I see a project using Class D for all-in-1 speaker

There's no damping on the inside. How can you set up a speaker production facility when being so painfully clueless about speaker design and how did they even get someone to finance it?? the answer is probably revealed by their $200,000 "reference" speaker, I bet it's the same doofus uncle who was dumb enough to pay that much for a set of speakers is bank rolling this venture.
 

Neil Davis

Member
Paid Member
2004-12-07 3:23 am
Reston, Virginia
If they are really using the DECT standard, then each channel will be limited to a net bit rate of 32 kbit/s. You can combine time slots and channels to get higher data rates, but according to Wikipedia the upper end for data transmission is 500 kbit/s. That's just not enough to send uncompressed data. 44KHz audio at 16bits * 2 for stereo is 1.4Mb/s, and people expect more than 16bit 44KHz audio at that price range.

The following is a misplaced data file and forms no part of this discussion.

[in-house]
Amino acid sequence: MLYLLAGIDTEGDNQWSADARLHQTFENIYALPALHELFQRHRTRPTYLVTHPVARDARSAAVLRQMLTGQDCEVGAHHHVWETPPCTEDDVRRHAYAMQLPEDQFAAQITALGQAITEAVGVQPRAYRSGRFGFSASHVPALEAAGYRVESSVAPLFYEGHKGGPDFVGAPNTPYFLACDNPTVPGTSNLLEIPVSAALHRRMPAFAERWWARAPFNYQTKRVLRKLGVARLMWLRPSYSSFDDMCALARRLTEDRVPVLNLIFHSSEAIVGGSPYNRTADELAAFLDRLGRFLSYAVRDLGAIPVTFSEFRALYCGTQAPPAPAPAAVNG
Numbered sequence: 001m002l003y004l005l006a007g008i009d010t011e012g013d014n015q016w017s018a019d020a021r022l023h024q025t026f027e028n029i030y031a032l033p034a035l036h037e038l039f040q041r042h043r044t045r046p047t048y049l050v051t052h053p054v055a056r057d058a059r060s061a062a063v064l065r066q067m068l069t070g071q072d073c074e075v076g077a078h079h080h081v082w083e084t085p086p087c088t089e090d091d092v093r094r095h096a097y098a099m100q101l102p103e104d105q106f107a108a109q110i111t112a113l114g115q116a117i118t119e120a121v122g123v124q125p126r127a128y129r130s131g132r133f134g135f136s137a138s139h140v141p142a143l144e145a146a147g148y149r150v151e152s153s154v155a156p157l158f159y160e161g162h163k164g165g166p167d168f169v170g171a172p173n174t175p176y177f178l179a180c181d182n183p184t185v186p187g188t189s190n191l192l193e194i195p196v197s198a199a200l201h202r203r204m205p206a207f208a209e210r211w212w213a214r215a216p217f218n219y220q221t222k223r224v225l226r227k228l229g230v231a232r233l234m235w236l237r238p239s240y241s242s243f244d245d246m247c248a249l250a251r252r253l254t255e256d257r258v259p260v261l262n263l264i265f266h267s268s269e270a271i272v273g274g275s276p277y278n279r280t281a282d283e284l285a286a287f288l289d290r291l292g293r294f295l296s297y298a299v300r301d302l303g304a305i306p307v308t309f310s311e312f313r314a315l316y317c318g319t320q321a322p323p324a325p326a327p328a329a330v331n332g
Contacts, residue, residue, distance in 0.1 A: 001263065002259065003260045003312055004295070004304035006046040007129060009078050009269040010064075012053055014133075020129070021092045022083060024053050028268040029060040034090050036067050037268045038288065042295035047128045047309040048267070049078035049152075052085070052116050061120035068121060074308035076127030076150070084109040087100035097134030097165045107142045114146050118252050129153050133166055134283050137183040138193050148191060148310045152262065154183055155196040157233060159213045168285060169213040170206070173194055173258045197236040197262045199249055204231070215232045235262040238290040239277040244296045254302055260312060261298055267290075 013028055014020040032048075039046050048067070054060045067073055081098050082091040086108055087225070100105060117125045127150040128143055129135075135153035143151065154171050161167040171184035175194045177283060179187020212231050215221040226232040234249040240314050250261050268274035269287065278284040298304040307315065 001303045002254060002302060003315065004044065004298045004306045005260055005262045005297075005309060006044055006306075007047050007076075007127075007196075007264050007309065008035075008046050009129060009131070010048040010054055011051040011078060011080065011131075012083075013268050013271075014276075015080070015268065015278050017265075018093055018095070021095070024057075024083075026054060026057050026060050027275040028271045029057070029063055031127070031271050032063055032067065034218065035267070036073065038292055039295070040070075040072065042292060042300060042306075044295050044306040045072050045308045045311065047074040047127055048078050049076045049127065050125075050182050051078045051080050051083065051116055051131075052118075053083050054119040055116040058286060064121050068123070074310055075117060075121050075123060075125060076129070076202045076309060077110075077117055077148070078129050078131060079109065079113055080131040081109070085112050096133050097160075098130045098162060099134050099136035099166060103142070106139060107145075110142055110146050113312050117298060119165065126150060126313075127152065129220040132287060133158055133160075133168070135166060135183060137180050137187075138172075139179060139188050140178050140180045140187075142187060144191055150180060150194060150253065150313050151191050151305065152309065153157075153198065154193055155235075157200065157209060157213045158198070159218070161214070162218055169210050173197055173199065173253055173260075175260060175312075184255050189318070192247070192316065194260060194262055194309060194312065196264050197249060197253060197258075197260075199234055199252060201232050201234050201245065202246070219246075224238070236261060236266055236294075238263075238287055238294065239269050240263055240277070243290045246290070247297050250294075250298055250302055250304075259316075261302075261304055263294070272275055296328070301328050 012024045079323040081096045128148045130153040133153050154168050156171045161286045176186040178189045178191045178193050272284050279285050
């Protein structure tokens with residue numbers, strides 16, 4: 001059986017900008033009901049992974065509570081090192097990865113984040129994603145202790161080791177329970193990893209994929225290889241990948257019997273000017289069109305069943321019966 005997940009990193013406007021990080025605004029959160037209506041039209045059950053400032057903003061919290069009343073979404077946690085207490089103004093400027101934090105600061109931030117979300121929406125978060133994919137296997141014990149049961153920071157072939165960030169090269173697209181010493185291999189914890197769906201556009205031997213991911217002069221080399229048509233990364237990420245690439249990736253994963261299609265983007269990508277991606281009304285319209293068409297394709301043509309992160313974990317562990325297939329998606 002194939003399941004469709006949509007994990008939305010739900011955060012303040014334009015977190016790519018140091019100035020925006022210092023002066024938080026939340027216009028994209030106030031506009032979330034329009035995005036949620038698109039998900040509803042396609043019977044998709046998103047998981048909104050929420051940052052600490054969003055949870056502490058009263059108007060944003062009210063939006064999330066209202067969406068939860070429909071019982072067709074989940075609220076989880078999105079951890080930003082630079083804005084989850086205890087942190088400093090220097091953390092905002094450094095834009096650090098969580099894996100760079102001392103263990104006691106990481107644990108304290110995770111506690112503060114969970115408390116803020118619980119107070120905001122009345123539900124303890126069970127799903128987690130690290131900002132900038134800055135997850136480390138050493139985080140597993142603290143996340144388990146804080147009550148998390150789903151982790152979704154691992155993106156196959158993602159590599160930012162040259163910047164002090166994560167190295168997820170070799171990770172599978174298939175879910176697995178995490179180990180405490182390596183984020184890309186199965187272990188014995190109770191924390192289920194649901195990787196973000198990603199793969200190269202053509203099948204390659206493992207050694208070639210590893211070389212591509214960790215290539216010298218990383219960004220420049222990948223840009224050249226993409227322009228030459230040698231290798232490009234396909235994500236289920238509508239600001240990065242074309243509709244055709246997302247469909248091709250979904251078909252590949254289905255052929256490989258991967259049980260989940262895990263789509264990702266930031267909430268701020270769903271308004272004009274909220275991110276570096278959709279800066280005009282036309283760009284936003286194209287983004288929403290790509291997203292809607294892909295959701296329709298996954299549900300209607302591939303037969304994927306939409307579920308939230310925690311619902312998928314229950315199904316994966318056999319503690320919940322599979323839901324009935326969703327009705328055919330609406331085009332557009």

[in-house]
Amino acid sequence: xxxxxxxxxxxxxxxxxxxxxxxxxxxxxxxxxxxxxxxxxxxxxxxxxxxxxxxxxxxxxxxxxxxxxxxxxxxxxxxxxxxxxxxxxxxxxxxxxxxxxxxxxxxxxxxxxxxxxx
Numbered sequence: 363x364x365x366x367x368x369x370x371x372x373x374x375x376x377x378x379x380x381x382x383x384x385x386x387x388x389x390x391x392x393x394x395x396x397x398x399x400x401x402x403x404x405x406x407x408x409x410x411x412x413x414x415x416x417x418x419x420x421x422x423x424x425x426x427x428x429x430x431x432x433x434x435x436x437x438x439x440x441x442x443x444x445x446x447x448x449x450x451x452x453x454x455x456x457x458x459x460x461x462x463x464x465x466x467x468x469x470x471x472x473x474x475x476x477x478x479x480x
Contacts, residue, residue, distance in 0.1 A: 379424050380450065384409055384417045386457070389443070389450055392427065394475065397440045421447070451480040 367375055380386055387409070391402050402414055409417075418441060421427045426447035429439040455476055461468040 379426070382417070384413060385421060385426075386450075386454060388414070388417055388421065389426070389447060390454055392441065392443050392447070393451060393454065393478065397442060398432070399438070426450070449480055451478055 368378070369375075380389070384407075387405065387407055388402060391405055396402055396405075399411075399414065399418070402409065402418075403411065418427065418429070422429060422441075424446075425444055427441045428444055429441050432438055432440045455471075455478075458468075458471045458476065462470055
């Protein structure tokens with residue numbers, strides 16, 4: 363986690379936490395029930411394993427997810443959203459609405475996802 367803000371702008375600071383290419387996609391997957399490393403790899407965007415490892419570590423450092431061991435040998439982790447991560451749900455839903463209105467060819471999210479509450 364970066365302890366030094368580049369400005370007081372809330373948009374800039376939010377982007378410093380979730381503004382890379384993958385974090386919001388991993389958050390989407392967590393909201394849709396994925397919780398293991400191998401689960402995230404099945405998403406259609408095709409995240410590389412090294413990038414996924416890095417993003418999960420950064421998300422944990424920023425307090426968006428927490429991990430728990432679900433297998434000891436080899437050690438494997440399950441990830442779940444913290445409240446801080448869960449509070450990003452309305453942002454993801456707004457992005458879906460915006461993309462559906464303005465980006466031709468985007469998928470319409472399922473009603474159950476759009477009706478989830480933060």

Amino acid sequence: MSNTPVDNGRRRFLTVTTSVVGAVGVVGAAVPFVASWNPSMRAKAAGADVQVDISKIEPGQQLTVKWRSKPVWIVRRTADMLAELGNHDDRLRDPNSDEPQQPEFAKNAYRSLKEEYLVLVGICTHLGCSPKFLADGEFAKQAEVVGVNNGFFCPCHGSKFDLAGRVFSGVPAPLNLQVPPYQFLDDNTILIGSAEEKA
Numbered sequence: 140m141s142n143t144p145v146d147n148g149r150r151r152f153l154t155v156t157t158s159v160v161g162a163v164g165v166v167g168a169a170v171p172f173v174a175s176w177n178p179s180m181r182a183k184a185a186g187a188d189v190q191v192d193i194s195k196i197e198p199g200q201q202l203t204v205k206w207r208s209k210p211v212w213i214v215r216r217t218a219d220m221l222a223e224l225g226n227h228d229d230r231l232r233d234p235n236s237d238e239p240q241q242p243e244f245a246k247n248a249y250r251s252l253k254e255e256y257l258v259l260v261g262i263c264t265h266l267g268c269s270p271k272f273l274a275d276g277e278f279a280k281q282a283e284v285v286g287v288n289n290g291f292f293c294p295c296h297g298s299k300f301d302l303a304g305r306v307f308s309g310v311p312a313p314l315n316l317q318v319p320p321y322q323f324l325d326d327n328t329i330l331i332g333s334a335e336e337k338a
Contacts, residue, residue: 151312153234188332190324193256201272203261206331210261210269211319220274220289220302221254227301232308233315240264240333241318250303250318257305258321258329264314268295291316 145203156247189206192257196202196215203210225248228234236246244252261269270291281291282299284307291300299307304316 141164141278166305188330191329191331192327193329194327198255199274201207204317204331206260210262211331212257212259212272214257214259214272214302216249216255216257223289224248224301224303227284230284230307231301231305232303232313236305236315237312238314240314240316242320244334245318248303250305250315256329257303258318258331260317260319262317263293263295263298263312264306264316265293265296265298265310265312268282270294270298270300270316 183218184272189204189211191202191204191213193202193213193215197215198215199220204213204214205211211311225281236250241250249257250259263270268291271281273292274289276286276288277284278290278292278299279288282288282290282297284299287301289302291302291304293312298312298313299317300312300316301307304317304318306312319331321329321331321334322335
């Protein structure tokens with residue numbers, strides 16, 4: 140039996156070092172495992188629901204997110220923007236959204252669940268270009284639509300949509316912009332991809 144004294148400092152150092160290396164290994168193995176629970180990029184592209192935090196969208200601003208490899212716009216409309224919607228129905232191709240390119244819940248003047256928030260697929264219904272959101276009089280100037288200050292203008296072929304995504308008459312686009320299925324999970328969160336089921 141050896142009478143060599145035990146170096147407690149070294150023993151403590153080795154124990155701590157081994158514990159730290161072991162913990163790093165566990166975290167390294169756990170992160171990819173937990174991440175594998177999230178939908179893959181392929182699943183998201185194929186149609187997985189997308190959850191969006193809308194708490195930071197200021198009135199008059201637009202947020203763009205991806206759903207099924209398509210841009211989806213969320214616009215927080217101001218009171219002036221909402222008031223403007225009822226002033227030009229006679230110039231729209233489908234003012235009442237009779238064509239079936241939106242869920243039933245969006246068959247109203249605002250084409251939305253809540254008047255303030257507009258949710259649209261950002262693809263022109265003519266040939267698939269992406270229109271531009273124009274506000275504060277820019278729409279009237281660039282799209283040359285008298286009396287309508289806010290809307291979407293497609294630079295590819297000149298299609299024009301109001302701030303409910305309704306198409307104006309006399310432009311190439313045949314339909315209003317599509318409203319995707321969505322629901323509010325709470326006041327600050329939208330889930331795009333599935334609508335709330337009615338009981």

DECT does solve the latency/synchronization problem of WiFi and the point-to-point limitation of Bluetooth, but it just looks too limited in throughput to be useful for high-end audio.
 

Neil Davis

Member
Paid Member
2004-12-07 3:23 am
Reston, Virginia
Well, they use "OPUS 480Kbps lossless" which fits into your 500k bow limit.

According to the opus.org website and the RFC 6716, OPUS is a lossy format.

Code:
This document defines the Opus interactive speech and audio codec.
   Opus is designed to handle a wide range of interactive audio
   applications, including Voice over IP, videoconferencing, in-game
   chat, and even live, distributed music performances.  It scales from
   low bitrate narrowband speech at 6 kbit/s to very high quality stereo
   music at 510 kbit/s.  Opus uses both Linear Prediction (LP) and the
   Modified Discrete Cosine Transform (MDCT) to achieve good compression
   of both speech and music.